The quality or condition of being different.
Noun form of → differ.
Not alike in character or quality; differing; dissimilar.
Adj. of → difference.
Of a mathematical function, the quality of being → differentiable.
Noun from → differentiable.
karyâ-ye degarsânipazir, ~ degarsânidani
Property of a mathematical function if it has a → derivative at a given point.
1) degarsâné; 2) degarsâneyi
Degarsâné, from degarsân, → different + noun suffix -é.
differential and integral calculus
afmârik-e degarsâne-yi va dorostâli
Fr.: calcul différentiel et intégral
afmârik-e degarsâneyi, ~ degarsânehâ
Fr.: calcul différentiel
A branch of calculus which is concerned with the instantaneous rate of change of quantities with respect to other quantities, or more precisely, the local behavior of functions. → integral calculus.
Fr.: équation différentielle
An equation expressing a relationship between an → independent variable, x, an unknown → function, y = f(x), and its → derivatives. The general form of a differential equation is: F(x, y, y', y'', ..., y(n)) = 0, or F(x,y, dy/dx, d2y/dx2, ..., dny/dxn) = 0. See also: → ordinary differential equation; → partial differential equation; → linear differential equation; → exact differential equation; → first-order differential equation; → homogeneous linear differential equation; → nonhomogeneous linear differential equation; → differential equation with separated variables; → differential equation with separable variables.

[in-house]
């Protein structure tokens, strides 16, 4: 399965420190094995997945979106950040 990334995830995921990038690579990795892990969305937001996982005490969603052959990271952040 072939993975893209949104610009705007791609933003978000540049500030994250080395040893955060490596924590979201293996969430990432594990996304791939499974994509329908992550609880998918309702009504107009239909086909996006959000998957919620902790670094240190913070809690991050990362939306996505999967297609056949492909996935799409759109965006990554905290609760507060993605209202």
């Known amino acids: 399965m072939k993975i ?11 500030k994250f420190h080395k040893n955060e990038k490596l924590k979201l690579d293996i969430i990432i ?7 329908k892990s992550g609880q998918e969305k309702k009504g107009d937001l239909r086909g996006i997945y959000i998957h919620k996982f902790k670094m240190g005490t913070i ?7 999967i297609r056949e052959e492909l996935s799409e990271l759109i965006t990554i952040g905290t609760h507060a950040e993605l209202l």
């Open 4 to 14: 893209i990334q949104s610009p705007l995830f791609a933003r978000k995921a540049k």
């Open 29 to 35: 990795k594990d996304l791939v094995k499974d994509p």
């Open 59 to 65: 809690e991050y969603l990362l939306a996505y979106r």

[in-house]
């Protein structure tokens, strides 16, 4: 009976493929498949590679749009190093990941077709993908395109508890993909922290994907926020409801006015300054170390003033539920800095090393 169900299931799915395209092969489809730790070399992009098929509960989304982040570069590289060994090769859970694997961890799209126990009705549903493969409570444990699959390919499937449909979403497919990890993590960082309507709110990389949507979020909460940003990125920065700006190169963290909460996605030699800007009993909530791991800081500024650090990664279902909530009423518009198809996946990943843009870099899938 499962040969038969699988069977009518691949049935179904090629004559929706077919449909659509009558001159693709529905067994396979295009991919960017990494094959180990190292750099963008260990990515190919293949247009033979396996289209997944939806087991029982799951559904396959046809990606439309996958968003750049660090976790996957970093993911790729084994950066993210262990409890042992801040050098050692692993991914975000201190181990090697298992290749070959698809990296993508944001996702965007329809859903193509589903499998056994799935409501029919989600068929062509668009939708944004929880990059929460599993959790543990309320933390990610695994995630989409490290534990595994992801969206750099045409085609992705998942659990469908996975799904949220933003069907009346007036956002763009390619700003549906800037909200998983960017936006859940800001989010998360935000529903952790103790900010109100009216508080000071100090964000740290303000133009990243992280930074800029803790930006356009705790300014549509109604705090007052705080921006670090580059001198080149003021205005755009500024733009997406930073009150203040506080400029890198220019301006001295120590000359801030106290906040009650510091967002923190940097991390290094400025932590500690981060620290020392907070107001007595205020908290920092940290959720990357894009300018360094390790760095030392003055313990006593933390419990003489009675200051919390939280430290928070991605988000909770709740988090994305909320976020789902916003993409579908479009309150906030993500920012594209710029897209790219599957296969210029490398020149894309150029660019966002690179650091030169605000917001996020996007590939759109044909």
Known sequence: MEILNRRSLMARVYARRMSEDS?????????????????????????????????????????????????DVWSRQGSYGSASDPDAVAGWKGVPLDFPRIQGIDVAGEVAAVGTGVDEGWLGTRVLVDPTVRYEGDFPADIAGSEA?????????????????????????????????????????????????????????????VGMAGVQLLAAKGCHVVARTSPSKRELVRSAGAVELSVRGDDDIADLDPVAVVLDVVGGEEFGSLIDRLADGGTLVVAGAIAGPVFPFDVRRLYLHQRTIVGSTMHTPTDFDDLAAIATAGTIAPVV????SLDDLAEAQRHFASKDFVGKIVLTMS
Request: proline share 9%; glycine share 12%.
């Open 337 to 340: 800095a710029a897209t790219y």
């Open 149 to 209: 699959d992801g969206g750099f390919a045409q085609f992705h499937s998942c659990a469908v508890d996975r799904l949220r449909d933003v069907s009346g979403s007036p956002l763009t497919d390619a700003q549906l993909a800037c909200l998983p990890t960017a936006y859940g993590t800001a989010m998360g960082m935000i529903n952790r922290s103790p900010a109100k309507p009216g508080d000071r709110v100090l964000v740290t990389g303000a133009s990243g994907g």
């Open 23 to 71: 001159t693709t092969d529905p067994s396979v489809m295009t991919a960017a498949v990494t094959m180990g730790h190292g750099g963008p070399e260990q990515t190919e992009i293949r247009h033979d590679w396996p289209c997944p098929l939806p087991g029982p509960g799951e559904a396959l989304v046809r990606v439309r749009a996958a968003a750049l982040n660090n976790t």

differential equation with separable variables
hamugeš-e degarsâne-yi bâ vartandehhâ-ye jodâyi-pazir
Fr.: équation différentielle à variables séparables
differential equation with separated variables
hamugeš-e degarsâne-yi bâ vartandehhâ-ye jodâ
Fr.: équation différentielle à variables séparées
A → differentail equation that can be transformed into the form: M(x)dx + N(x)dy = 0.
Fr.: géométrie différentielle
The study of curved spaces using differential calculus.
differential image motion monitor (DIMM)
pahregar-e jonbeš-e degarsâneyi-ye tasvir
Fr.: moniteur de mouvements d'images différentiels, moniteur seeing
A device that is commonly used to measure the → seeing at optical astronomical sites. The DIMM delivers an estimate of the → Fried parameter based on measuring the variance of the differential image motion in two small apertures, usually cut out in a single larger telescope pupil by a mask. The DIMM concept was introduced by Stock & Keller (1960, in Stars and Stellar Systems, Vol. 1, ed. G. P. Kuiper & B. M. Middlehurst, p. 138), whereas its modern implementation was first described by Sarazin & Roddier (1990, A&A 227, 294).
Fr.: refraction différentielle
A problem encountered in astronomical spectroscopy, which consists of a loss of light from some wavelengths due to → atmospheric dispersion. In simple terms, differential refraction means that at nonzero → zenith distances an object cannot be simultaneously placed at the same position within a → slit at all wavelengths. This problem becomes more important for increasing → airmass, larger → spectral range, and smaller → slitwidths. To remedy this drawback, the slit should always be oriented along a direction perpendicular to the horizon, since differential refraction occurs in that direction.